There is definitely object-relational impedance. I had to deal with this for years on a product that kept its data on a database but was OO when it ran.
As a vastly simplified example, consider three DB tables. Two are just lists, one containing people and one containing jobs. The third is a link between people and jobs, with a column for each. (And all three have lots of columns for lots of subsidiary data.)
In the UI, a user wants to look at the data in terms of a job and the people working on it. A look at the DB, if it's large, is going to be worthless--too much disorganized info. But in the UI, a job object can serve as the basis for good display. Even if the user has a list of a million jobs, he can scroll to the one he wants and see all the relevant info: who's working on it and when and how hard and with what skills, etc.
So on the DB you have 3 tables. In the OO program, you have job objects, people objects and the links between them. The jobs and people lists relate directly to the DB tables, but there is no list of links. The links are part of, or at any rate tied to, the job objects. To create a link table from the OO data, you have to work through all the jobs. To create a proper jobs object, you have to read through the link table and do some awkward rearranging of data.
This is the essence of the impedance. This example is simple in order to be easily understood, but it drastically understates the real-world difficulty in translating between the two concepts.
OO is much faster. It's easier to use once it has been set up. However, it forces a certain organization on the data. If this organization is not done right, or is not adequate, there can be trouble. For instance, in my example the key object is the job. If you want to know what work an individual is doing, it's no good. In this simple example, it is obvious that there needs to be a people object that contains all the work a person is doing, but in a real system the number of possible structures will approach infinity; you have to choose to do that limited number that will let the program do its job.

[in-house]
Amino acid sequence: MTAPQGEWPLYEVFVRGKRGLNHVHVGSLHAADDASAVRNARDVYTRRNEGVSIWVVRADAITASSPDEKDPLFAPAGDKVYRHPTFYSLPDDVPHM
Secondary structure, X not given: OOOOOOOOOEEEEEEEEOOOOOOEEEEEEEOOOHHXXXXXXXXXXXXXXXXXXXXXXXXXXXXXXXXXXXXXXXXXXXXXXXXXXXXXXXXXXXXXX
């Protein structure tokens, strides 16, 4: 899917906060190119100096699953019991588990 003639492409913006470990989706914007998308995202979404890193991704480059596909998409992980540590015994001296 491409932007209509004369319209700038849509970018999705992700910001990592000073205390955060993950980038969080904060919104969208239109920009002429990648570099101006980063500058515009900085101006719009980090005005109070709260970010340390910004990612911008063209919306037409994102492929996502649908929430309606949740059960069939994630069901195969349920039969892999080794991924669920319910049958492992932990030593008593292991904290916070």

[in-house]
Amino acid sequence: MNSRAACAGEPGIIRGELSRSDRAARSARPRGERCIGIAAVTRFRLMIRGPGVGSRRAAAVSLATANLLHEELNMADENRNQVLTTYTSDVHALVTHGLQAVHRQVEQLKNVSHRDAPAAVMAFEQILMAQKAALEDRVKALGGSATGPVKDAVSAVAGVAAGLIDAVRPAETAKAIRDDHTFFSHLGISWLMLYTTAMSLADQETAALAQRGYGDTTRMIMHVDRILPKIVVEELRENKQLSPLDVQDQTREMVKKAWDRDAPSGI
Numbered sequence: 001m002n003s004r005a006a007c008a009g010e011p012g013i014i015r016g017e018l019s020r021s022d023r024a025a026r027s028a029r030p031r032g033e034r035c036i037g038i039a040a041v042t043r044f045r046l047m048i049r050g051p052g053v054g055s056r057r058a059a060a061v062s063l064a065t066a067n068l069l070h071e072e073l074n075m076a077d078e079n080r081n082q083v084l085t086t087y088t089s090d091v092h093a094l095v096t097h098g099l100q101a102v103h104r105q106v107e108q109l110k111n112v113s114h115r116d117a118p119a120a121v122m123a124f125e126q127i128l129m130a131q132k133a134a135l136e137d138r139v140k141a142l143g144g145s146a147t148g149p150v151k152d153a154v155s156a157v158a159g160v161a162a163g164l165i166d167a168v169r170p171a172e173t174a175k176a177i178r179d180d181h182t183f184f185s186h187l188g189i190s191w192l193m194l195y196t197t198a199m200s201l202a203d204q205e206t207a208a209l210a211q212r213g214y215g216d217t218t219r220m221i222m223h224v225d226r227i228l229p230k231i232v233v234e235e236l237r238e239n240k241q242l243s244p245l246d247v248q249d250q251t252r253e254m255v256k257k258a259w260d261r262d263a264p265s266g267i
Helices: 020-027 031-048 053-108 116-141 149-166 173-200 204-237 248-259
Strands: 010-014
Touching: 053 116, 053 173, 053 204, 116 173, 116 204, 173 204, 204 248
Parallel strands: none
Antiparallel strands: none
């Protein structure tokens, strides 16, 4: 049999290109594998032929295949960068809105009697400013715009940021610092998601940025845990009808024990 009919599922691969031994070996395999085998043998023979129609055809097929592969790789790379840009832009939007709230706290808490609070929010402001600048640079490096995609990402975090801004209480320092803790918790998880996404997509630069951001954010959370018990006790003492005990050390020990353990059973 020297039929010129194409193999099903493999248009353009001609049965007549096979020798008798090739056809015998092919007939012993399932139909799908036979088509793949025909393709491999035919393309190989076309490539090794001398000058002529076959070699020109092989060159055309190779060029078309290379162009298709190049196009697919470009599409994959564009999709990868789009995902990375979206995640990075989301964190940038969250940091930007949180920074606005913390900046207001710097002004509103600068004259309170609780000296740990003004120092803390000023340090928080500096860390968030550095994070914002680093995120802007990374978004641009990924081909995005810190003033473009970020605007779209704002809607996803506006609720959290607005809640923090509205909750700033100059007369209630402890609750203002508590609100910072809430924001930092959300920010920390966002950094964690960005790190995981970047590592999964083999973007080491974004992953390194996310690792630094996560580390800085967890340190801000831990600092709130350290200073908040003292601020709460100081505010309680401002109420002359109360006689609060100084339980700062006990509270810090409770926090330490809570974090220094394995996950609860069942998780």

OO bogs when the random-access aspect of memory becomes slow. OO depends on a lot of direct links between bits of data. How is a large OO database supposed to work? A Document Database makes more sense, but it will either have to really be an OO DB or duplicate vast quantities of data: note that a job object includes people objects, and those people objects include the job object.
Relational data is much slower, but it is without prejudices. A bit of SQL and you can look at the data any way you want. The other, overwhelming, advantage it has is that slow, not-so-random memory--which will bring OO to a halt--doesn't bother it. So if you have terrabytes of data, you want your data stored relationally, not object-orientedly.
So I think we're stuck with relational databases and object-oriented programs and doing a lot of gyrations to get data from the one to the other and back again.
Also: I have recently done some work on a system that uses in-memory relational data. It is very slow, but not so slow as to be seriously annoying (it's not a computer game!) and the original developers, while they had to design a DB, got to skip worrying about an OO design. I considered OO'ing a bit of it, but that meant a lot of programming versus writing just a bit of fancy SQL (LINQ, actually). It clued me in that relational could sometimes compete with OO on its own turf.
It also points out that OO forces organization on the data. If the original developers had known what I needed to do and used OO to do it, the program would have run faster and I could have modified it with a lot less effort. (SQL is tricky.) But if they hadn't OO'ed it they way I needed it done, I'd have been right where I was but without the in-memory relational DB.
Summary: OO and relational are two different things, and converting between them involves impedance--it's a pain. Each has its uses, and I think we're often going to be stuck using both.